Althogh I knew who did what and how the story was going to end, the plot still threw a curve ball at me as the climax drew to a conclusion. The story has a level of complexity and humanity that’s lacking in most Hollywood movies. But even in comparison to other anime films, Patlabor 3 stands out on par with the complexity of Jin Roh in terms of mood, character development and sophistication.
It really pisses me off to see monthly charges on my bank account when the balance falls under a certain amount that my bank sets. I am letting them to use MY money to loan to other people for a much higher interest. And yet THEY want to charge ME money for letting them having MY money? Crooks!
And I love how the poorer you are in America, the more happliy the banks are willling to rob from you, legally. See, in the United States, most banks place a set of restrictions on most checking and savings accounts. Some accounts limit how many checks you can write, other limit how many visits you can have at the counter. Yet others charge you a “monthly maintenance fee” for letting your overall account balance dip under a set amount (varies from 500 to $1500 depending on the bank).
It’s precisely because I am f*cking poor and that’s why I can’t consistently keep a strong balance, but somehow the bank has to labor over the fact that I have no money and charges me a “maintenance fee”?! What the f*ck is there to maintain a broke man’s checking account? Seriously?! While they are charging me for having too little money in the checking account, “premium” accounts, where people have tens of thousands of dollars, get this, receive free checking with no penalties. If you asked me, it takes more effort to manage and monitor THOSE accounts than someone who’s life depends on the social service. It should be the other way around! Crooks.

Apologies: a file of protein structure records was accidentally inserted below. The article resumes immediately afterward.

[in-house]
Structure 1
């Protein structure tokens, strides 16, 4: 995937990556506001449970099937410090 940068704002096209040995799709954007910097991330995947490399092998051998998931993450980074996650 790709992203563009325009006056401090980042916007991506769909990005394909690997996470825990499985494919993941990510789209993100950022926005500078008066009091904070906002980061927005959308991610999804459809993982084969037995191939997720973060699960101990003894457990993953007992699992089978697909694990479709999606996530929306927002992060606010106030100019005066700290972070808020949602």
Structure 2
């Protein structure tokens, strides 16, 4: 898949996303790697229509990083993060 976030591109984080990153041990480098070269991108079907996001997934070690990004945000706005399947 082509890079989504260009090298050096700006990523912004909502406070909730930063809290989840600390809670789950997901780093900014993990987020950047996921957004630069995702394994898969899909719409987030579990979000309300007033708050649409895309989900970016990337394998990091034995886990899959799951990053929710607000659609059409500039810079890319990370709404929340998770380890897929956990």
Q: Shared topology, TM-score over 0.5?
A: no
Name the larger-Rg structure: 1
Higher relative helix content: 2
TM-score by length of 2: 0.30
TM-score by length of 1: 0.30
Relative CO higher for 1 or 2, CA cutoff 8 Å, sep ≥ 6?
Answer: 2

And what’s the deal with all the limitations on check writing that certain banks impose? Why do they care if I wrote more than 8 checks a month? Sure, the bank has to process them and post them. But isn’t that the bank’s job? And how come they are loaning money out to people anywhere at 5% to 20% depending on the terms, but yet they will only allow you to make a meager interest of far less than 3% in most cases — across ALL banks!?
And don’t even get me started on ATM fees and outbound and inbound service charges! Why does MY bank charge me $1.50 if I use someone else’s ATM machine? It’s bad enough that THEIR bank already charges me $1.50! And then how come they charge me for incoming wires as well as outgoing wires? Shouldn’t the bank be happy that I am getting money INTO the account? Hello? The worst part is, it costs $10 to recieve money via wire. TEN WHOLD DOLLARS!! WTF?! In Taiwan, a wire transfer costs NT700 (roughly $2) to send and nothing to receive! ARGH! CROOKS!.